Perspective Provider of the Year
The word tough is thrown around in business all the time: a tough negotiator, a tough adversary. The word gets overused, so when someone like Dawn Halfaker comes on the scene, you want to stop and say: No, she really is tough.
By now, Halfaker has told the story of June 19, 2004, hundreds of times. She was three years out of West Point, working as a military police officer in Baquba, Iraq, and was on a nighttime patrol. "I was in the first vehicle of the patrol and came around the corner," she says, "and started taking fire and took an RPG, a rocket-propelled grenade, through the front of our vehicle. It tore down the side, and tore off one of my squad leaders' arms, and also tore off most of my arm, my shoulder, and did a lot of other damage as well." Halfaker spent 12 arduous months at Walter Reed hospital. She was released in July 2005. She'd assumed her future would be in the military. Now it couldn't be; she couldn't be a soldier without an arm. So: tough. She'd have to find something else to do.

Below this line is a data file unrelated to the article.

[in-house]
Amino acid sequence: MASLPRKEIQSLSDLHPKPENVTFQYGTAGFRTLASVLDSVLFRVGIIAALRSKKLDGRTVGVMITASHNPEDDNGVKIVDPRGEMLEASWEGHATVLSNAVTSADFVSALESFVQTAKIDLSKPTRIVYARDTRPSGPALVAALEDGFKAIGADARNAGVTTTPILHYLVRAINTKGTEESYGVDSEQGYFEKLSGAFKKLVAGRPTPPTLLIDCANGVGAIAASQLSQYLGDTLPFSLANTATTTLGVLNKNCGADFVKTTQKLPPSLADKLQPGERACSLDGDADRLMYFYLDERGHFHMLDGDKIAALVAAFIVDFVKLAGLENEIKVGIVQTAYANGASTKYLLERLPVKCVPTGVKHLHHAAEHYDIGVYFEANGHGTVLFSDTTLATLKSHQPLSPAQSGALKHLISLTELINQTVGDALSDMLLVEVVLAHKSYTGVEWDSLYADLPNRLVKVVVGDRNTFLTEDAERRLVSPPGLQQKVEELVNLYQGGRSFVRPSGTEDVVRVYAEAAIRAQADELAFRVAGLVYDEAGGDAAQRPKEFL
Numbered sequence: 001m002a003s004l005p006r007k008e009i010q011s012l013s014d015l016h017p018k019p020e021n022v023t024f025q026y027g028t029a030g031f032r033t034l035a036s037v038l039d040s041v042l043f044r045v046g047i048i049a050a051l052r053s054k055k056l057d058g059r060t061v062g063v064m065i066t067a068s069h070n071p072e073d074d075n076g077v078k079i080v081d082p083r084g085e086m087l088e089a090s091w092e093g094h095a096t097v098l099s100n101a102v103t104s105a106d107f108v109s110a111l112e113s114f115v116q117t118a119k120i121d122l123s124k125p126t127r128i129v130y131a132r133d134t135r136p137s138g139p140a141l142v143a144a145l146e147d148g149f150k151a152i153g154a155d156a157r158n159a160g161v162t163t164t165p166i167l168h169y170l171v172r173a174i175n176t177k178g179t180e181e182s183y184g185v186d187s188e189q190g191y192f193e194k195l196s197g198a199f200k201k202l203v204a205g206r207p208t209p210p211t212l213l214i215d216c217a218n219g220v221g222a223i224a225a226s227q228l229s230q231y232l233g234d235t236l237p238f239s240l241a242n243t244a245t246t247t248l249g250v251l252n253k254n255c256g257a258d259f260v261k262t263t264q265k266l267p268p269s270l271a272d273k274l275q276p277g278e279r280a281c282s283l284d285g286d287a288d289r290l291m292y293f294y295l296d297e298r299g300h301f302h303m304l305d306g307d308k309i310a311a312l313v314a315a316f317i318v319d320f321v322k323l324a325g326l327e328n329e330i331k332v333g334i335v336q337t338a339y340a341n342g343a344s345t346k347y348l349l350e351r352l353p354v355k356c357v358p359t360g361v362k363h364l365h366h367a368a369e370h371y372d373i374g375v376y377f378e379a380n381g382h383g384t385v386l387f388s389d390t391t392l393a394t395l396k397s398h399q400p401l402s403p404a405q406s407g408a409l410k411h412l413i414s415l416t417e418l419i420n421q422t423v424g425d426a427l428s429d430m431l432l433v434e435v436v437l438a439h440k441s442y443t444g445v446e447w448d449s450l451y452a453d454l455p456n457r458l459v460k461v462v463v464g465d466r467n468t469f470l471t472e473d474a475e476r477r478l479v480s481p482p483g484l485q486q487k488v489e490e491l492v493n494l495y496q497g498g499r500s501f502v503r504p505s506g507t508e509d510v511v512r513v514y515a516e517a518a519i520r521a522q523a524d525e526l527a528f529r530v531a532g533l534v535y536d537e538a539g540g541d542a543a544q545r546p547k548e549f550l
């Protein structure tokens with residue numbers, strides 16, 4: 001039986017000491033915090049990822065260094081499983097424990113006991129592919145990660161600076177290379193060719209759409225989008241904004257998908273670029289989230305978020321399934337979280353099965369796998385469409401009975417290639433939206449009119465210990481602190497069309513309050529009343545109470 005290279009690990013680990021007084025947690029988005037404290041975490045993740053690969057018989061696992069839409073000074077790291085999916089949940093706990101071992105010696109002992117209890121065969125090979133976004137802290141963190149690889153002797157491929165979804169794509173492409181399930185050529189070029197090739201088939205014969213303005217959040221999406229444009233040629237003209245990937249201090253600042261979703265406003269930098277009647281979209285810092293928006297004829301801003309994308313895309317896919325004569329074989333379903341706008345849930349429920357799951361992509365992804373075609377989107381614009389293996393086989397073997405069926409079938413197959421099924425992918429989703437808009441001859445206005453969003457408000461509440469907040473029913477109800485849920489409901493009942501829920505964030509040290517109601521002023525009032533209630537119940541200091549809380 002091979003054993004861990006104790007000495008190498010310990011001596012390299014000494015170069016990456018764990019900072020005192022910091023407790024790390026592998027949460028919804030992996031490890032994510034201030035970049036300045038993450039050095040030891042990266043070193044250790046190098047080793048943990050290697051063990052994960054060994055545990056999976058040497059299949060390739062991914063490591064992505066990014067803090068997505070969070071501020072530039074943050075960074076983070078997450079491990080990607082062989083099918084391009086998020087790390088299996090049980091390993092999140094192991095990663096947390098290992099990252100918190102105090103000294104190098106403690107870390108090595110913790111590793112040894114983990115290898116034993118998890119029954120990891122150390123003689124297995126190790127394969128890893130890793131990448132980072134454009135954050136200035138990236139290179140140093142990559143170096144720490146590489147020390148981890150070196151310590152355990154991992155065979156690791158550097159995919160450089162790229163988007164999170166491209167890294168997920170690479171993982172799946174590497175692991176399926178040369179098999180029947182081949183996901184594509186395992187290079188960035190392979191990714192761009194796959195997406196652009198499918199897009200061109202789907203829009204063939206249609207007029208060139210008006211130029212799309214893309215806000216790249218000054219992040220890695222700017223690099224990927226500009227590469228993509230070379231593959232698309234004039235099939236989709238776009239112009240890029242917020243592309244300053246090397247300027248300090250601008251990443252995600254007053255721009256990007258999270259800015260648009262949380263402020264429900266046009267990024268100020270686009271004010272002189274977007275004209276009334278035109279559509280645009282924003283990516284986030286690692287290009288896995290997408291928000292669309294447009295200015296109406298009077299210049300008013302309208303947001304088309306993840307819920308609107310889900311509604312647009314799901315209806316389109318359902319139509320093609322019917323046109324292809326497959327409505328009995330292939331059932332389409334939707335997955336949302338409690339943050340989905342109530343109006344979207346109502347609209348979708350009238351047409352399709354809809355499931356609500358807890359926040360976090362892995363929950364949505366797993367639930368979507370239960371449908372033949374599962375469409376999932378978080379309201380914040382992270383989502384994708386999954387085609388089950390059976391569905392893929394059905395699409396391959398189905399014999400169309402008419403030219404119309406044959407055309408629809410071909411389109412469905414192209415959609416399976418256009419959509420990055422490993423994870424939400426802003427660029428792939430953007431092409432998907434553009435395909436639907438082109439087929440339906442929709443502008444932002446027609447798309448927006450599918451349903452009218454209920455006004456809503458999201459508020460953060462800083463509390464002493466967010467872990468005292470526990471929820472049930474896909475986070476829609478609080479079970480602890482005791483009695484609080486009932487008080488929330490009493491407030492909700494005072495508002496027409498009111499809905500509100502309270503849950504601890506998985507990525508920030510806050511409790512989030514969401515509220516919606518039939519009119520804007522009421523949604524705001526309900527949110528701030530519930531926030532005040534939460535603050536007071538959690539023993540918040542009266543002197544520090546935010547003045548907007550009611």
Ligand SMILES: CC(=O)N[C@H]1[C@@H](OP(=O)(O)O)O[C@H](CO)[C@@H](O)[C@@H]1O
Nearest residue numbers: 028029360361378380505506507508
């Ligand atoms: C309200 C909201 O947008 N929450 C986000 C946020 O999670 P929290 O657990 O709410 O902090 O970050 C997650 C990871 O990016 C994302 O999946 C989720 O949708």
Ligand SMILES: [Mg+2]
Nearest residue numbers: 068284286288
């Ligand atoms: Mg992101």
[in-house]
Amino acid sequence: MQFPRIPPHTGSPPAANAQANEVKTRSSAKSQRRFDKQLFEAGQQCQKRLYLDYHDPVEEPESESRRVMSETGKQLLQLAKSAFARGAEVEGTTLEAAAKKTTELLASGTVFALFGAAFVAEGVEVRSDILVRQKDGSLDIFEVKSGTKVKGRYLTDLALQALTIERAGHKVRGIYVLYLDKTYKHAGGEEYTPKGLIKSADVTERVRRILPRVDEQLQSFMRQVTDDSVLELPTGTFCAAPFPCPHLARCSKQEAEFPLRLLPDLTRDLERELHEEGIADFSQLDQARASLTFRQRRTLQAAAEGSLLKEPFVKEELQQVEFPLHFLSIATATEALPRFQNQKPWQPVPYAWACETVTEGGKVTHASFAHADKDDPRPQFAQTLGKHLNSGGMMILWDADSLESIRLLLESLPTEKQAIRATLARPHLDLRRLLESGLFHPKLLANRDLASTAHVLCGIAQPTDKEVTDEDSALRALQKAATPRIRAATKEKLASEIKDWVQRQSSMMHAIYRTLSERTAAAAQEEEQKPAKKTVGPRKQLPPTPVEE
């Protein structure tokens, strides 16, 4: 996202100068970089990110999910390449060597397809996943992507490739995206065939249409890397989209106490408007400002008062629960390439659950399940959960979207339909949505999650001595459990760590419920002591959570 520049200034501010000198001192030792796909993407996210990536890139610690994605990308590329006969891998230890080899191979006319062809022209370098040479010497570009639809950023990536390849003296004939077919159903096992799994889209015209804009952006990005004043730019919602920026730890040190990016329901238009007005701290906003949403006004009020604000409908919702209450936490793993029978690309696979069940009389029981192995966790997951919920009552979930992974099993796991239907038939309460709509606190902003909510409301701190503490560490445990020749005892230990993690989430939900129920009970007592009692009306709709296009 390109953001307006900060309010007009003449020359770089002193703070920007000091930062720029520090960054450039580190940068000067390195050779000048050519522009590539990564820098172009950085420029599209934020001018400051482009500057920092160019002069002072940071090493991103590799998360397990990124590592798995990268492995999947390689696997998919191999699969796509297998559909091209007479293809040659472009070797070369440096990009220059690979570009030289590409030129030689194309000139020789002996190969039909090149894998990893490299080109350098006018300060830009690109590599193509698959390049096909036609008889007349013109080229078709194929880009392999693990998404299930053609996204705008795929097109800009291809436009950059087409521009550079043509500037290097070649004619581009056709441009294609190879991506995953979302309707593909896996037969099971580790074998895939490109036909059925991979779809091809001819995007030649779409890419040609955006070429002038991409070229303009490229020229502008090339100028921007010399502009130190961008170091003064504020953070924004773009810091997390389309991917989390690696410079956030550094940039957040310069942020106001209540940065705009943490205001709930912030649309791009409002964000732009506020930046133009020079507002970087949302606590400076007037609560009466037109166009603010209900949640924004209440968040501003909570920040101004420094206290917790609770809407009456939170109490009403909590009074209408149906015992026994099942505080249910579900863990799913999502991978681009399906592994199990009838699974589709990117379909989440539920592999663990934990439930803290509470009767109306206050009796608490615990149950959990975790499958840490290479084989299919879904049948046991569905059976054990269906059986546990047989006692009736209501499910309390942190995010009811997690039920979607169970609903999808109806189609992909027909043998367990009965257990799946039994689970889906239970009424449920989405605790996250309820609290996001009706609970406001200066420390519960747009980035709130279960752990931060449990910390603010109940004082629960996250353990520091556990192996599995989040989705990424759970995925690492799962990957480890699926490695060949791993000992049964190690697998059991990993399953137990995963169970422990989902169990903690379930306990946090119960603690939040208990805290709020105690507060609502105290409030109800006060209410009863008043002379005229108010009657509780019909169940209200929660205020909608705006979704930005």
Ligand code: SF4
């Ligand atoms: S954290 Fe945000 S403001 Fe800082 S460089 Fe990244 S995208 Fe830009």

Halfaker began consulting on security projects, and in 2006 incorporated Halfaker & Associates. The pressure of hiring employees, assembling bids for government contracts, and doing most of the actual consulting work was tremendous, but Halfaker was determined not to let the stress show. The employees "just knew they would show up and get paid, and that's all they should be worried about, I think," she says. "It's a very similar model to being in the military. I wasn't always on every mission; I wasn't always with my soldiers; but if I made sure they were fed, happy, well trained, and had the resources to be able to survive combat, then I was doing my job and providing leadership."
Halfaker has 50 employees and expects 2007 revenue to reach $1.4 million; she wants to double the head count and reach $4 million in sales in 2008. Starting next month, she'll expand into the civilian world, selling industrial and physical- security services. You want to tell her that sounds like a tough transition. Then you remember whom you're talking to.